I have this kid. I call her the Not-So-Little One. She is terrific - smart, funny, sensitive, caring, talented. She is terrific, that is, until she gets overwhelmed. In those moments when she is bombarded by the everyday stimuli that all of us allow to roll off our backs, the Not-So-Little One loses it.
I'm not talking about temper tantrums. I am not talking about behavior problems that can be resolved by time outs. I am talking about responses that are off the charts, out-of-this-world, inappropriately out of proportion to the situation. And they can happen quickly, with no warning. She can go from a lovable, affectionate, cooperative child to one who is screaming, kicking, and berating herself upon a moment's notice. Have you ever heard your elementary school aged child say she hates herself and that she wishes she were never born? It sucks.
My instincts told me when she was an infant that something was amiss. She would get hungry, but rather than eat she would cry for three hours, escalating the whole time, pushing me and her food source away. As a toddler we watched her hang onto the side of her high chair, screaming and begging to be fed - we could hardly get her in the chair quickly enough. Within seconds of putting food in her mouth, she was fine.
We had her blood sugar tested. Both of her grandmothers were diabetic. No blood sugar problem. We had sonograms taken of her abdomen. All normal.
Teachers began to wonder aloud if she was having petit mal seizures because she would "zone out" while performing a task at school. Tests revealed nothing abnormal.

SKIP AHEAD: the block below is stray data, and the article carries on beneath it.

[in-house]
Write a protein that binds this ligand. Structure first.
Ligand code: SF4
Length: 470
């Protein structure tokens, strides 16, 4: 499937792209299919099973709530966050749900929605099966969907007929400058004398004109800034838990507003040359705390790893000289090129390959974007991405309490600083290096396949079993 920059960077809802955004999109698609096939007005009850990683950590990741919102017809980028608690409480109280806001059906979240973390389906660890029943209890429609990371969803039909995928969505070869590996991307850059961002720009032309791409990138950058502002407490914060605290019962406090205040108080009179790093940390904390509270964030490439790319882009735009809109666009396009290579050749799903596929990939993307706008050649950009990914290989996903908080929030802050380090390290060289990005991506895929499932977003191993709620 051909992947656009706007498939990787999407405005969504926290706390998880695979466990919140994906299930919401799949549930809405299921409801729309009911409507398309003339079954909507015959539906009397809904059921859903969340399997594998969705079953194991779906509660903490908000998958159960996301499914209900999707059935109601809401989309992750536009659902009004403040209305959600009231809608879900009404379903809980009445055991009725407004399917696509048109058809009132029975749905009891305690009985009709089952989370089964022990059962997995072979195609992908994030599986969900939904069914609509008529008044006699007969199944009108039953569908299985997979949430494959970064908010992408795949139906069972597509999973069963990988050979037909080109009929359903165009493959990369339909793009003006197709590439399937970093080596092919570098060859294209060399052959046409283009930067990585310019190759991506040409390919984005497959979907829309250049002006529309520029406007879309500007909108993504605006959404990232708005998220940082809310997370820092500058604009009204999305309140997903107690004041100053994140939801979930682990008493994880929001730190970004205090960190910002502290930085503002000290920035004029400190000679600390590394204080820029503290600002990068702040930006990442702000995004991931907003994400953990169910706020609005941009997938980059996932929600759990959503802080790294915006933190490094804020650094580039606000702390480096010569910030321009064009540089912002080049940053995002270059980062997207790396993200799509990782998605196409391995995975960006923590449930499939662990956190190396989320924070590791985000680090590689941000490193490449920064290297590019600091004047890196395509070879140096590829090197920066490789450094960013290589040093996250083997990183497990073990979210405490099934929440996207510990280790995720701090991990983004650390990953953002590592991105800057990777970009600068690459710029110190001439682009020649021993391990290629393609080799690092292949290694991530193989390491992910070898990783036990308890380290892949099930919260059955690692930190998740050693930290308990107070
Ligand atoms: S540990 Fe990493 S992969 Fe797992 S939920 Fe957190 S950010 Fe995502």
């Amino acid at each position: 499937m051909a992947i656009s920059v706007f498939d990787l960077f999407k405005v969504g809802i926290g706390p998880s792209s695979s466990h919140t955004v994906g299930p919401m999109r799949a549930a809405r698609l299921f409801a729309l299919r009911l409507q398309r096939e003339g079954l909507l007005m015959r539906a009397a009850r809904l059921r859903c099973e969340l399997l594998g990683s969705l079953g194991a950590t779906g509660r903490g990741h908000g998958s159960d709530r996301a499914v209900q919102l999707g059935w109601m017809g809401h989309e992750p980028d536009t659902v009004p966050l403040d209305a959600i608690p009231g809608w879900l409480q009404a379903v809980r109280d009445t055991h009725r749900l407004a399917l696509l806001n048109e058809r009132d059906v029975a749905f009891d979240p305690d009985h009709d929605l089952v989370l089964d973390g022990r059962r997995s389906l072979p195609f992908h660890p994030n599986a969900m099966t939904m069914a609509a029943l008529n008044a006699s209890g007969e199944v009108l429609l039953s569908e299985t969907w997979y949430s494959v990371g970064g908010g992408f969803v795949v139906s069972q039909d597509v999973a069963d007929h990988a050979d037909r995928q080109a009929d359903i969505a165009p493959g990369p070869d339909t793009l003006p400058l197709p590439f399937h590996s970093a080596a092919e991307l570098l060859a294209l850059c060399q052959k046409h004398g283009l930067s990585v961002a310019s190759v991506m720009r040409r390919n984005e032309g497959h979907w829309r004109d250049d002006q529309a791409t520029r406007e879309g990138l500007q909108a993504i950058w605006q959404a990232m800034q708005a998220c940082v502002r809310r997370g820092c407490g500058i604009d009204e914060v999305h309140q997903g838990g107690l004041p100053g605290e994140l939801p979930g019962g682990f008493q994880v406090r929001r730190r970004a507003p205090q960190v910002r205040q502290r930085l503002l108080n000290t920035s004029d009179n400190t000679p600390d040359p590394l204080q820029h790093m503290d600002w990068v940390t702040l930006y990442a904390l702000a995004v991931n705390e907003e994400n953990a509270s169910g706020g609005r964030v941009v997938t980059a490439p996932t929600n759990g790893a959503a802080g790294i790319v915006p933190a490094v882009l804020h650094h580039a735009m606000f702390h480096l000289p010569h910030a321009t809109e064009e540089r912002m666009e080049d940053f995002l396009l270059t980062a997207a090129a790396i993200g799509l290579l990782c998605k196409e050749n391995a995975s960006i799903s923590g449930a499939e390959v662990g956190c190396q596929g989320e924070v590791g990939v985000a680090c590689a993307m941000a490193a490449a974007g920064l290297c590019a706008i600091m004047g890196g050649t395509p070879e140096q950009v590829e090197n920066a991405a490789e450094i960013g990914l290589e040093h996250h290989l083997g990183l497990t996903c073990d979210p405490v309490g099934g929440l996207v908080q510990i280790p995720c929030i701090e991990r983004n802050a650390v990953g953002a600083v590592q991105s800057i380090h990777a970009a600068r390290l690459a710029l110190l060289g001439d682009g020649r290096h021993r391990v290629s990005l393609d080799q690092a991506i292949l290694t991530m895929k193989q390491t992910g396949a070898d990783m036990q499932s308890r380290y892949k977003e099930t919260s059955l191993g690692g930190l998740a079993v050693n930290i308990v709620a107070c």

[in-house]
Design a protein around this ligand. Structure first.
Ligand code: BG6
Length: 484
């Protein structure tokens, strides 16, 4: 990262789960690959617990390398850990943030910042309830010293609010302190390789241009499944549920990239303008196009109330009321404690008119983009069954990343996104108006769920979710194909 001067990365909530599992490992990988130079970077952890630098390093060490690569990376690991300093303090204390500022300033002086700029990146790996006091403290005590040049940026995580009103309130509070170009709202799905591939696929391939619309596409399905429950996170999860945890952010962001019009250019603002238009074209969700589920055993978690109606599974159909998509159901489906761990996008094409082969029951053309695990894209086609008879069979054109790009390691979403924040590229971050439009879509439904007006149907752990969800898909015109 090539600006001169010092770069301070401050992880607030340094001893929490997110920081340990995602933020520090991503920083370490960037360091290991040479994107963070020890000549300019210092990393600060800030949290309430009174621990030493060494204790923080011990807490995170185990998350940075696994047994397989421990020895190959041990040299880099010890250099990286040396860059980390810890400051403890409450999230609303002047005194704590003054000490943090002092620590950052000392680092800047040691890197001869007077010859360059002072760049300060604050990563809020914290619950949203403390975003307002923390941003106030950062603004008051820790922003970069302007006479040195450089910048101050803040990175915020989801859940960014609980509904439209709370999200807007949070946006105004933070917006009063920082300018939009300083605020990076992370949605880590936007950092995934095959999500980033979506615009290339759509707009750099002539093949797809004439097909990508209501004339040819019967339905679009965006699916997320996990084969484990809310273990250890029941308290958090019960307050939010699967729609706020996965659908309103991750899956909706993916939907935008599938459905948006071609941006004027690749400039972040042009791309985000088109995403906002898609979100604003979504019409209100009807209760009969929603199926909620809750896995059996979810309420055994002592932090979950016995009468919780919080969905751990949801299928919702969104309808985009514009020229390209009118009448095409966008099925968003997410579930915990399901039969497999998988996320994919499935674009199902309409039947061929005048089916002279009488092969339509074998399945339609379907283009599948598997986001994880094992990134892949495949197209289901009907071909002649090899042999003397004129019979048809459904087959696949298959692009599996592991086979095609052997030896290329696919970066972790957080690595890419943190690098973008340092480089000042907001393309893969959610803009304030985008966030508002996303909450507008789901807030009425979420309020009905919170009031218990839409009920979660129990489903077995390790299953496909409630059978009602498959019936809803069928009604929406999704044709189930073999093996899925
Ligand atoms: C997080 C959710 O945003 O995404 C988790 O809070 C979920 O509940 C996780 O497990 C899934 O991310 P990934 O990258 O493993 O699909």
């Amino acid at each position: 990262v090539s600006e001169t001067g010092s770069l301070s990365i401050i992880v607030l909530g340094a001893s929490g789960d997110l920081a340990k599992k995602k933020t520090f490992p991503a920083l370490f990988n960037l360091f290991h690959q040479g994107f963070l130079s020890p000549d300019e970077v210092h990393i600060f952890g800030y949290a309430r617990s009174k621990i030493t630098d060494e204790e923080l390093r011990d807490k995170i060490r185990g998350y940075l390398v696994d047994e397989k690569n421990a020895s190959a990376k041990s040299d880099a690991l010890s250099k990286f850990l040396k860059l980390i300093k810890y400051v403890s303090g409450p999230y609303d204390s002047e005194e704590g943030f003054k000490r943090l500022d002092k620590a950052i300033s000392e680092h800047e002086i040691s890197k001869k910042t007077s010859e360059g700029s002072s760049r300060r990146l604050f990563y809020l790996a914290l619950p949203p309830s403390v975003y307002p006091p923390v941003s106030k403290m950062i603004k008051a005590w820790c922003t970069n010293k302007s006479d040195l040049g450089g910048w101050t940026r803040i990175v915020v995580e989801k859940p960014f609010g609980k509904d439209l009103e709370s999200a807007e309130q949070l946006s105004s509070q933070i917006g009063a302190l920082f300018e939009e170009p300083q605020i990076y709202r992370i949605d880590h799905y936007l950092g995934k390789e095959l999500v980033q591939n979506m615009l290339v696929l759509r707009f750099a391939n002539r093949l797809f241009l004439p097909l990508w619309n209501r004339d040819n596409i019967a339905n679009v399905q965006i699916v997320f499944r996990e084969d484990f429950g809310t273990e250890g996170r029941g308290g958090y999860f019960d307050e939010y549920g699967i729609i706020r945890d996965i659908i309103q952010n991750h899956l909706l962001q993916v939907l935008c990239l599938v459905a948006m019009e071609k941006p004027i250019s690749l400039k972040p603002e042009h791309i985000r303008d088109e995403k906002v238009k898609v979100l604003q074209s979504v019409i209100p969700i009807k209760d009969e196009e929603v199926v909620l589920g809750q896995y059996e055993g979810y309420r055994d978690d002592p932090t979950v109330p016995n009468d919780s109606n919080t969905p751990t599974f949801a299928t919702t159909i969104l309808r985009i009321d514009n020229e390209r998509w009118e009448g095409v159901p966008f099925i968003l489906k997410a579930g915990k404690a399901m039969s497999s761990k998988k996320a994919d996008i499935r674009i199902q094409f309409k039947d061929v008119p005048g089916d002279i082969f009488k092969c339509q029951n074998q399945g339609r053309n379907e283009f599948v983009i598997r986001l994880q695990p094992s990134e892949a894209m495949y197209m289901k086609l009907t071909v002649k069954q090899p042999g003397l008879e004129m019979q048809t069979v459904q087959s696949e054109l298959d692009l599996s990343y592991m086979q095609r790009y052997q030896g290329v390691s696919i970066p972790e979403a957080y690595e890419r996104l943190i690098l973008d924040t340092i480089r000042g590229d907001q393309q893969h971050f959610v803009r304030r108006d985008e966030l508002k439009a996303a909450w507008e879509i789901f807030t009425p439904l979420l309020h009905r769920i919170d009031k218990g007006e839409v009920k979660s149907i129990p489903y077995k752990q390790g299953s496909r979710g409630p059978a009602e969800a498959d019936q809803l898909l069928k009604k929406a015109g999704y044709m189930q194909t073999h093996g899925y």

There were other behaviors, too. Behaviors that just didn't seem to fit. Incongruence. Doctors told me I was overreacting. They told me it was a parenting problem. They blamed me. I blamed me, too.
After 11 years, we finally got a physician to refer us to an occupational therapist that specializes in children. We took the Not-So-Little One for assessment. The therapist did not tell me I was overreacting. She did not tell me it was a parenting problem. She listened. She validated both of us.
We are waiting for the official diagnosis, but it appears that my amazing kid has a sensory processing problem. In simple terms, her brain has trouble sorting out all of the sensations that she experiences. It's too much, overwhelming. She short-circuits, if you will.
I've been reading up. And my friends and colleagues have been tremendous help to me. They are a plethora of information and support. I am just so relieved to be heard! There is definitely healing in the telling of your story, let me tell you.
And... I am worried. And scared. And sad. And guilty. And angry.
I worry that I will not be helpful to my child as we attend to her therapy. I am scared that it will get worse, or that she will resent me. I am sad that she is not perfect (admit it, all you parents out there - we all want our children to be as close to perfect as possible). I feel guilty for all the times that I shouted at her or punished her for rotten behavior.
More than anything, though, I am angry. I am angry that I couldn't get anyone to listen to me. I'm angry that we wasted 11 years, spinning our wheels, when we could have been tackling the problem.
I am feeling overwhelmed as I face the future with her. I suppose you could say that I am experiencing a little sensory overload myself. Maybe I will talk to her about it and ask her what it feels like to her when this happens. Maybe I will just sit in the floor and cry.